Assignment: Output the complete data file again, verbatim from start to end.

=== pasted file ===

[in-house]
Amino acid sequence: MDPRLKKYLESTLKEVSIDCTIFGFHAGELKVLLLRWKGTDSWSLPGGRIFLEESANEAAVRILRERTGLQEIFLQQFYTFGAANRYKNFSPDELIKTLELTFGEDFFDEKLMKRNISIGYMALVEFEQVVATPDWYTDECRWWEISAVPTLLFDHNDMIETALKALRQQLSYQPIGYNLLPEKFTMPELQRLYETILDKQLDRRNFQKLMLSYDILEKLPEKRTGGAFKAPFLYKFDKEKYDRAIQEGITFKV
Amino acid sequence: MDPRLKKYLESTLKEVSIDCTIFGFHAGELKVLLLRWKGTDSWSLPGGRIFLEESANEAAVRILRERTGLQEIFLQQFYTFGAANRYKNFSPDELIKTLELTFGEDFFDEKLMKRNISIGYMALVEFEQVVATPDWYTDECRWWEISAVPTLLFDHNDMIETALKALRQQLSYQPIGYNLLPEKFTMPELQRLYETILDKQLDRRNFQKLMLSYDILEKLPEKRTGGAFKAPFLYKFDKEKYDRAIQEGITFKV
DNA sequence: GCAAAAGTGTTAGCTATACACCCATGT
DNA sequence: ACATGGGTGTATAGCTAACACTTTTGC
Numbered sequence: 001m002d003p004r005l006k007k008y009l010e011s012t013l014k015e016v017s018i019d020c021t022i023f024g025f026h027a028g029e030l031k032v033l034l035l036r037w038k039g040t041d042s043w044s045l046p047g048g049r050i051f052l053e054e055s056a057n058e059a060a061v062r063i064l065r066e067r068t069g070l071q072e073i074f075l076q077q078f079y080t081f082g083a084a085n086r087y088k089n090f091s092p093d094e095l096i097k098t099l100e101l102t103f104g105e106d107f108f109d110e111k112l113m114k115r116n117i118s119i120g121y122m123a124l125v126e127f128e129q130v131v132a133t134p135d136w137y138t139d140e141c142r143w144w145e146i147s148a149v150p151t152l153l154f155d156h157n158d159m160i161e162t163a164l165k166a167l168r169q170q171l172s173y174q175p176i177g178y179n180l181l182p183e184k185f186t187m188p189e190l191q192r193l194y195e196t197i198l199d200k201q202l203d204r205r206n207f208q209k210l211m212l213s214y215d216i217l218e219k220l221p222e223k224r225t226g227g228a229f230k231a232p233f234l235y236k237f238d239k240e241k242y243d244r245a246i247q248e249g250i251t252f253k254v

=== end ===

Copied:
[in-house]
Amino acid sequence: MDPRLKKYLESTLKEVSIDCTIFGFHAGELKVLLLRWKGTDSWSLPGGRIFLEESANEAAVRILRERTGLQEIFLQQFYTFGAANRYKNFSPDELIKTLELTFGEDFFDEKLMKRNISIGYMALVEFEQVVATPDWYTDECRWWEISAVPTLLFDHNDMIETALKALRQQLSYQPIGYNLLPEKFTMPELQRLYETILDKQLDRRNFQKLMLSYDILEKLPEKRTGGAFKAPFLYKFDKEKYDRAIQEGITFKV
Amino acid sequence: MDPRLKKYLESTLKEVSIDCTIFGFHAGELKVLLLRWKGTDSWSLPGGRIFLEESANEAAVRILRERTGLQEIFLQQFYTFGAANRYKNFSPDELIKTLELTFGEDFFDEKLMKRNISIGYMALVEFEQVVATPDWYTDECRWWEISAVPTLLFDHNDMIETALKALRQQLSYQPIGYNLLPEKFTMPELQRLYETILDKQLDRRNFQKLMLSYDILEKLPEKRTGGAFKAPFLYKFDKEKYDRAIQEGITFKV
DNA sequence: GCAAAAGTGTTAGCTATACACCCATGT
DNA sequence: ACATGGGTGTATAGCTAACACTTTTGC
Numbered sequence: 001m002d003p004r005l006k007k008y009l010e011s012t013l014k015e016v017s018i019d020c021t022i023f024g025f026h027a028g029e030l031k032v033l034l035l036r037w038k039g040t041d042s043w044s045l046p047g048g049r050i051f052l053e054e055s056a057n058e059a060a061v062r063i064l065r066e067r068t069g070l071q072e073i074f075l076q077q078f079y080t081f082g083a084a085n086r087y088k089n090f091s092p093d094e095l096i097k098t099l100e101l102t103f104g105e106d107f108f109d110e111k112l113m114k115r116n117i118s119i120g121y122m123a124l125v126e127f128e129q130v131v132a133t134p135d136w137y138t139d140e141c142r143w144w145e146i147s148a149v150p151t152l153l154f155d156h157n158d159m160i161e162t163a164l165k166a167l168r169q170q171l172s173y174q175p176i177g178y179n180l181l182p183e184k185f186t187m188p189e190l191q192r193l194y195e196t197i198l199d200k201q202l203d204r205r206n207f208q209k210l211m212l213s214y215d216i217l218e219k220l221p222e223k224r225t226g227g228a229f230k231a232p233f234l235y236k237f238d239k240e241k242y243d244r245a246i247q248e249g250i251t252f253k254v